Turn Theoretical Value to Cash

At Vaughan Capital Advisors (“VCA”), we talk with business owners all the time who have a target valuation in mind for when they will pursue a sale of their company. We call this “knowing your number”. As a general matter, knowing your number is a good thing and gives you and your shareholders a clear target to shoot for when designing the corporate and commercial strategies of your company. Many times there is a timeframe business owners are working on. As an example, they have set in their mind that they will sell their company three years from today for $100 million.

There are scenarios where the best advice we can give is for a business owner to close a transaction in the next six months at today’s valuation of their company, and to have VCA structure the transaction such that they hit their number in two to three years in the form of contingent consideration (also known as an “earnout”), or through another sale of the company based on the projections of revenue and cash flow they already had in their three-year plan for the business.

Why does this structure work for VCA’s customers?

This transaction structure works for VCA’s customers because in many cases having a liquidity event today can help a business owner address many of his/her personal commitments. These personal commitments may include supporting a growing family, making mortgage payments, caring for aging parents, and paying for private schools and college tuition. Before selling the company, these commitments are paid for with salary, bonuses and dividends from their business. After selling all or a portion of your business, these obligations can beaddressed with cash from the proceeds of your deal. The freedom of knowing that many of your personal commitments are satisfied can contribute to the peace mind needed to take your business to the next level.

In addition to peace of mind, “taking some cash off the table” in a transaction today takes some of the risk out of your model. While you and your team are very good at running your business, there are macroeconomic and competitive factors that are beyond your control. The Fed may raise interest rates, the government could enact regulation that dramatically impacts your sector, or Amazon may enter your market. Any and all of these factors could negatively impact your revenue and cash flow projections. A larger company that acquires your business may be better able to absorb the shocks of macroeconomic and competitive market dynamics. Meanwhile, if you have sold your company to that larger acquirer, you have cash that protects your personal financial profile from macroeconomic and competitive factors that are largely beyond your control.

The Day Before VCA Closes Your Deal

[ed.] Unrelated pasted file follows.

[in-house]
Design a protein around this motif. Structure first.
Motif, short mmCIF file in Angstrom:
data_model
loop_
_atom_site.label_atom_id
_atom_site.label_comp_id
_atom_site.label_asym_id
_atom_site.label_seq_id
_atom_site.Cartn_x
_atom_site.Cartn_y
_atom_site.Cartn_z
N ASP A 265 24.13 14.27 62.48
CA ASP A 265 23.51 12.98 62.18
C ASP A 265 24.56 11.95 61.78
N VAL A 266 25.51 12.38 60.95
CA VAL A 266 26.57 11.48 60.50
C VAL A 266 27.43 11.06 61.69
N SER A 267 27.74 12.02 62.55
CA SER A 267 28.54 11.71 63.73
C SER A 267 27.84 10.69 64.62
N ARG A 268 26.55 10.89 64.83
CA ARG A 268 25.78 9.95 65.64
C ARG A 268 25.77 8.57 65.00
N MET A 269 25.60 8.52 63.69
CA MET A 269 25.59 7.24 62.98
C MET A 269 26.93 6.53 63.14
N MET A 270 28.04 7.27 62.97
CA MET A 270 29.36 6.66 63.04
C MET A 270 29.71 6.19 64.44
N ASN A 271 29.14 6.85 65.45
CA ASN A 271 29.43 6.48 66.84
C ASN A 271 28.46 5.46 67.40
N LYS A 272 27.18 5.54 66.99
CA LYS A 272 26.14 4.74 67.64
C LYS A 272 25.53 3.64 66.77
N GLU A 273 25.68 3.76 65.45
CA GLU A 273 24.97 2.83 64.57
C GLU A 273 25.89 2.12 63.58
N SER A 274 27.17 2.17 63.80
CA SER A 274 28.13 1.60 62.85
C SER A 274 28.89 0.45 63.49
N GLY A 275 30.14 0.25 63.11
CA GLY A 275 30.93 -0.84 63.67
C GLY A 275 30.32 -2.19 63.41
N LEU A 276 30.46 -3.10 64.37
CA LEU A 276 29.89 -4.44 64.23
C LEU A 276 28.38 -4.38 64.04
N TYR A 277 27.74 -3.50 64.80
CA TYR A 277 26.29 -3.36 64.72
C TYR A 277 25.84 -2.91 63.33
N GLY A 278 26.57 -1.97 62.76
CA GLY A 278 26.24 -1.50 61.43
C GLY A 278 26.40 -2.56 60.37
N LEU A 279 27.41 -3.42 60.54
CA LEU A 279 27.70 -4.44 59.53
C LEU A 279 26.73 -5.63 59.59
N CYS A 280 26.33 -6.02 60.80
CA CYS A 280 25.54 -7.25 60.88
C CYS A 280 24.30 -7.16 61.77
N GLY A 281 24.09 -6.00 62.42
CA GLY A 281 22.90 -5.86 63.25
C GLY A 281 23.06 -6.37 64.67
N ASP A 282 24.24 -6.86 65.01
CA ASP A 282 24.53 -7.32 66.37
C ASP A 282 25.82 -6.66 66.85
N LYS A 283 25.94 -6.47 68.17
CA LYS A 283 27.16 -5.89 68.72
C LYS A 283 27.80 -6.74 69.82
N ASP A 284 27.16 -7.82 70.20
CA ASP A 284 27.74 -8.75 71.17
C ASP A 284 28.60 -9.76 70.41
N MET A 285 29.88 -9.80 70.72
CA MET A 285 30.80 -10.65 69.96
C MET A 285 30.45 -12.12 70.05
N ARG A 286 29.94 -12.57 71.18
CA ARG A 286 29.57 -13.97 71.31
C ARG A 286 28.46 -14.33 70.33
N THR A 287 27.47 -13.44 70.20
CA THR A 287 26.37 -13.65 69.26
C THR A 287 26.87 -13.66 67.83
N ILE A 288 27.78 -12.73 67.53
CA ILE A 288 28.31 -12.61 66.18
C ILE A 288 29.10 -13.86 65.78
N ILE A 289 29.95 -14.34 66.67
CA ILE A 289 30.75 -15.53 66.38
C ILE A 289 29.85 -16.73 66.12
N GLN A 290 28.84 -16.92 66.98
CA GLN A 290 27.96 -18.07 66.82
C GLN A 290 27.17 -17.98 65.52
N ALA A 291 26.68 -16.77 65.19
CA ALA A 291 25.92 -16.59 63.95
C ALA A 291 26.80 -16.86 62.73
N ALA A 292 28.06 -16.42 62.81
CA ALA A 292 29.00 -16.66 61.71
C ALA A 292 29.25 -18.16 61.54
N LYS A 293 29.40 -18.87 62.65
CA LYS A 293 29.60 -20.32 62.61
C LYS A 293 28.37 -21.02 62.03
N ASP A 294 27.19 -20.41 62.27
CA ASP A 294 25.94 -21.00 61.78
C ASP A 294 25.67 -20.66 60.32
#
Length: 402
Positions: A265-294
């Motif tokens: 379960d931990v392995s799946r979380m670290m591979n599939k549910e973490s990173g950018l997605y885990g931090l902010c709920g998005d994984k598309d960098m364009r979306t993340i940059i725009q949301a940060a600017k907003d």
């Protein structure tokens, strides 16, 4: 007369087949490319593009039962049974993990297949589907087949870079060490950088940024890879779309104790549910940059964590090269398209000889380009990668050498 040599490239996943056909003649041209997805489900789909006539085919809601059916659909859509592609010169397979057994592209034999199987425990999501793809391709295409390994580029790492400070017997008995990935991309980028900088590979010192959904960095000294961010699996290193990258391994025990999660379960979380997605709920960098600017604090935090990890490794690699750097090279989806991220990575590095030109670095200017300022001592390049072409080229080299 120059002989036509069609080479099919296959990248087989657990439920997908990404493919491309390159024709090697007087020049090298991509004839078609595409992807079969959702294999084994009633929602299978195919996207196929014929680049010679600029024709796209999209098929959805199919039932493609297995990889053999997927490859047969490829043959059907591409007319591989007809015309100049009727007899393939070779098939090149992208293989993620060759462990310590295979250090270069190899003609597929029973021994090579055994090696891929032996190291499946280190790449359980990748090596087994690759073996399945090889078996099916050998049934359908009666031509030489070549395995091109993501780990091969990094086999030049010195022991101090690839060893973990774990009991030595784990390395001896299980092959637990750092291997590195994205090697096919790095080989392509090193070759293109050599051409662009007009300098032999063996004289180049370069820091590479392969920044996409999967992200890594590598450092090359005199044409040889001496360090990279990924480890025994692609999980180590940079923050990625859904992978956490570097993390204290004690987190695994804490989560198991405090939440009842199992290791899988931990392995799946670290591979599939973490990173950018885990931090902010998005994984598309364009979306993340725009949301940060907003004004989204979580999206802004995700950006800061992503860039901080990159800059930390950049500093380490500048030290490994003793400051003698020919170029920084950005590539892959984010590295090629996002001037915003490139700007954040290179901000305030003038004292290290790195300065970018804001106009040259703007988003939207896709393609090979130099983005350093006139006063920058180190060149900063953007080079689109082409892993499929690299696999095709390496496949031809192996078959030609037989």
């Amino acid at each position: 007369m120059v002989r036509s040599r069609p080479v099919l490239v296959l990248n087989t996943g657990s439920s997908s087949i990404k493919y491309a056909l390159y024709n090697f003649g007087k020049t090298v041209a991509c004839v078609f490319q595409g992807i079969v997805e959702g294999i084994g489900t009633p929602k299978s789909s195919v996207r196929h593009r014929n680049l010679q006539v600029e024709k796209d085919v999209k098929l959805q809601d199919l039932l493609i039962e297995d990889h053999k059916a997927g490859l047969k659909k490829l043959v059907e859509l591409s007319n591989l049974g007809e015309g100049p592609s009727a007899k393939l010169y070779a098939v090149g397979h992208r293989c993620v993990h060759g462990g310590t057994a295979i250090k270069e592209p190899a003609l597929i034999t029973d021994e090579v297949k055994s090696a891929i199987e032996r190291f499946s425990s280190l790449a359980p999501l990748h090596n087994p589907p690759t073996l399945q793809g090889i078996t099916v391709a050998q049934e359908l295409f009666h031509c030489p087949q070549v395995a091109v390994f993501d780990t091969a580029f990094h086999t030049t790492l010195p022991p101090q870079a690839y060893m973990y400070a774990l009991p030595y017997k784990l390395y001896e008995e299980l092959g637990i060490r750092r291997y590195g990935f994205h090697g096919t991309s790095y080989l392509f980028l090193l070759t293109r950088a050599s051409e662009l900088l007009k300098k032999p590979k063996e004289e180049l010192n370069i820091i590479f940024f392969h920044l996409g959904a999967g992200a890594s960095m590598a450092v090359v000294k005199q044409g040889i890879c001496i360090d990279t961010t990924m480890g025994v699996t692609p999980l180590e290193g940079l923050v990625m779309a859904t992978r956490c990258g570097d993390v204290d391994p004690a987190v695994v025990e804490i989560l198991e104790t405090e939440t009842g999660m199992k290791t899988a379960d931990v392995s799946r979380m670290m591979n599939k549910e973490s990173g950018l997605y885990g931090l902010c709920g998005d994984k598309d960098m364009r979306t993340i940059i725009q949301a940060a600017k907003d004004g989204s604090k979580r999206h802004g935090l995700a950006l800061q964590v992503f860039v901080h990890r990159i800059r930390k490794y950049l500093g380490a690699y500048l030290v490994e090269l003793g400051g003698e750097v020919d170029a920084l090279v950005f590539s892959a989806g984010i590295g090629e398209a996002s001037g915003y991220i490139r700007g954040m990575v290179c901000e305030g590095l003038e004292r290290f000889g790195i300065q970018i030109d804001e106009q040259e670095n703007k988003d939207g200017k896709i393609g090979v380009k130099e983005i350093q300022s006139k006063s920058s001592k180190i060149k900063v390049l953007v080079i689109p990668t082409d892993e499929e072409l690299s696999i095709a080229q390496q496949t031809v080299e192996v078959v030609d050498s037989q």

Let’s look at a snapshot of your personal financial portfolio the day before you sell your company (“The Day Before VCA Closes Your Deal” graph to the right). We are making some simple assumptions to make the point. If you company is generating $7 million in cash flow and would get a 7x cash flow valuation today, your company is worth $49 million today.

If you believe your company will be worth $100 million in three years due to cash flow growth and/or multiple expansion, the future value of your company will be $51 million.

Day Before VCA Closes Your Deal

A business owner with a company of this size might own a home with $2 million in equity value and have a 401K or retirement account with $3 million. Remember, the “Current Company Value” in the graph is theoretical and can only be accessed through closing an M&A transaction.

The Day After VCA Closes Your Deal

The Day After VCA Closes Your Deal

Now let’s look at a snapshot of your personal portfolio the day after VCA closes your M&A Transaction (“The Day After VCA Closes Your Deal” graph to the left). In this scenario, the “Current Company Value” from the previous graph has been converted to “Current Cash Value” – as in it now sits in your bank account as cash. So now rather than having that $49 million of cash at risk for three years until you reach your targeted $100 million valuation, you have secured $49 million in cash today. You still can earn the future value of your company, or $51 million, in a contingent consideration structure (also known as an “earnout”) based on the plan you had already created for the growth of your company.

Remember, our simple example is meant to show you how you can create a liquidity event today that still preserves your ability to hit “your number”. We believe this kind of transaction can de-risk your personal financial model and clear your mind to aggressively build toward the $100 million target valuation (with $49 million of the $100 million already secured) by playing offense rather than trying to defend the value you have already created (which usually reduces the possibility you hit your $100 million target, in this example).